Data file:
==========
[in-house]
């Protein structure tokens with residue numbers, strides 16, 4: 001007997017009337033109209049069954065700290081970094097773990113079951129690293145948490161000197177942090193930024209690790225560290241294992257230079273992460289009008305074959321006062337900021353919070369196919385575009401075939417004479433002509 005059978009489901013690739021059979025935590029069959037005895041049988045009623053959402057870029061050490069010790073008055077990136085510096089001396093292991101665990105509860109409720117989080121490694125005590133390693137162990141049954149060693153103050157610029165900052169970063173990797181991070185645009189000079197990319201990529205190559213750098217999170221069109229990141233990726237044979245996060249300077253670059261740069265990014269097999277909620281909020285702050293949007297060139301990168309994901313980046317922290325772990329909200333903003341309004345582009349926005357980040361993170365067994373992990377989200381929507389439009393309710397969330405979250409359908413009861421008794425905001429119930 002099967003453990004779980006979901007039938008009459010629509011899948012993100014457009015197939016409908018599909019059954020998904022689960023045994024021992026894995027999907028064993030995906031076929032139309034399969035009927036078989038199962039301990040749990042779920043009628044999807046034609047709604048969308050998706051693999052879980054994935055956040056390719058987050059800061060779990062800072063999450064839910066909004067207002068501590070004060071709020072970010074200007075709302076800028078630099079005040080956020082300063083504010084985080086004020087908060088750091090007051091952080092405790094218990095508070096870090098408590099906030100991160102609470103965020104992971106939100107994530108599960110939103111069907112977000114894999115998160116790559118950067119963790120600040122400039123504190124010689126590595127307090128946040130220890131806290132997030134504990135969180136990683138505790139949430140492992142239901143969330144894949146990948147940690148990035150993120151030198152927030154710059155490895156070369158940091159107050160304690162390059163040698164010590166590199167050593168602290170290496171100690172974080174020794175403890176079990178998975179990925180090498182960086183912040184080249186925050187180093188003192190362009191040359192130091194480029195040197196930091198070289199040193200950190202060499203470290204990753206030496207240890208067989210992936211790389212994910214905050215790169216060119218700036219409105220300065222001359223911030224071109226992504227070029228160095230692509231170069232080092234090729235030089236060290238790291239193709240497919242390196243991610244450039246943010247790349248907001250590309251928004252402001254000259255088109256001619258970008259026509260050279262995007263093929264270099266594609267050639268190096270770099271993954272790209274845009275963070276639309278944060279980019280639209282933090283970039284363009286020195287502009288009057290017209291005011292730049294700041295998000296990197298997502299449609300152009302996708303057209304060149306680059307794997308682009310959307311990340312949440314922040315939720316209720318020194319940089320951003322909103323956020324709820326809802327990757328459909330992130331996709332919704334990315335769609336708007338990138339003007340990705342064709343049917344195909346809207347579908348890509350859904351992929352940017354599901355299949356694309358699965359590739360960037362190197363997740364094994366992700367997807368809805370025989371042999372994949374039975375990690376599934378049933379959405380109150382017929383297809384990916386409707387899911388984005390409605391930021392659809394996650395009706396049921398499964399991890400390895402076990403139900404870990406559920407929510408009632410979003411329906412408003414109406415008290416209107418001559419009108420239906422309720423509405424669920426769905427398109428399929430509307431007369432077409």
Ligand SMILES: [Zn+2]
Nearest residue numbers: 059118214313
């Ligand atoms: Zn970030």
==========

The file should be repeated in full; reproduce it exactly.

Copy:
[in-house]
């Protein structure tokens with residue numbers, strides 16, 4: 001007997017009337033109209049069954065700290081970094097773990113079951129690293145948490161000197177942090193930024209690790225560290241294992257230079273992460289009008305074959321006062337900021353919070369196919385575009401075939417004479433002509 005059978009489901013690739021059979025935590029069959037005895041049988045009623053959402057870029061050490069010790073008055077990136085510096089001396093292991101665990105509860109409720117989080121490694125005590133390693137162990141049954149060693153103050157610029165900052169970063173990797181991070185645009189000079197990319201990529205190559213750098217999170221069109229990141233990726237044979245996060249300077253670059261740069265990014269097999277909620281909020285702050293949007297060139301990168309994901313980046317922290325772990329909200333903003341309004345582009349926005357980040361993170365067994373992990377989200381929507389439009393309710397969330405979250409359908413009861421008794425905001429119930 002099967003453990004779980006979901007039938008009459010629509011899948012993100014457009015197939016409908018599909019059954020998904022689960023045994024021992026894995027999907028064993030995906031076929032139309034399969035009927036078989038199962039301990040749990042779920043009628044999807046034609047709604048969308050998706051693999052879980054994935055956040056390719058987050059800061060779990062800072063999450064839910066909004067207002068501590070004060071709020072970010074200007075709302076800028078630099079005040080956020082300063083504010084985080086004020087908060088750091090007051091952080092405790094218990095508070096870090098408590099906030100991160102609470103965020104992971106939100107994530108599960110939103111069907112977000114894999115998160116790559118950067119963790120600040122400039123504190124010689126590595127307090128946040130220890131806290132997030134504990135969180136990683138505790139949430140492992142239901143969330144894949146990948147940690148990035150993120151030198152927030154710059155490895156070369158940091159107050160304690162390059163040698164010590166590199167050593168602290170290496171100690172974080174020794175403890176079990178998975179990925180090498182960086183912040184080249186925050187180093188003192190362009191040359192130091194480029195040197196930091198070289199040193200950190202060499203470290204990753206030496207240890208067989210992936211790389212994910214905050215790169216060119218700036219409105220300065222001359223911030224071109226992504227070029228160095230692509231170069232080092234090729235030089236060290238790291239193709240497919242390196243991610244450039246943010247790349248907001250590309251928004252402001254000259255088109256001619258970008259026509260050279262995007263093929264270099266594609267050639268190096270770099271993954272790209274845009275963070276639309278944060279980019280639209282933090283970039284363009286020195287502009288009057290017209291005011292730049294700041295998000296990197298997502299449609300152009302996708303057209304060149306680059307794997308682009310959307311990340312949440314922040315939720316209720318020194319940089320951003322909103323956020324709820326809802327990757328459909330992130331996709332919704334990315335769609336708007338990138339003007340990705342064709343049917344195909346809207347579908348890509350859904351992929352940017354599901355299949356694309358699965359590739360960037362190197363997740364094994366992700367997807368809805370025989371042999372994949374039975375990690376599934378049933379959405380109150382017929383297809384990916386409707387899911388984005390409605391930021392659809394996650395009706396049921398499964399991890400390895402076990403139900404870990406559920407929510408009632410979003411329906412408003414109406415008290416209107418001559419009108420239906422309720423509405424669920426769905427398109428399929430509307431007369432077409």
Ligand SMILES: [Zn+2]
Nearest residue numbers: 059118214313
């Ligand atoms: Zn970030």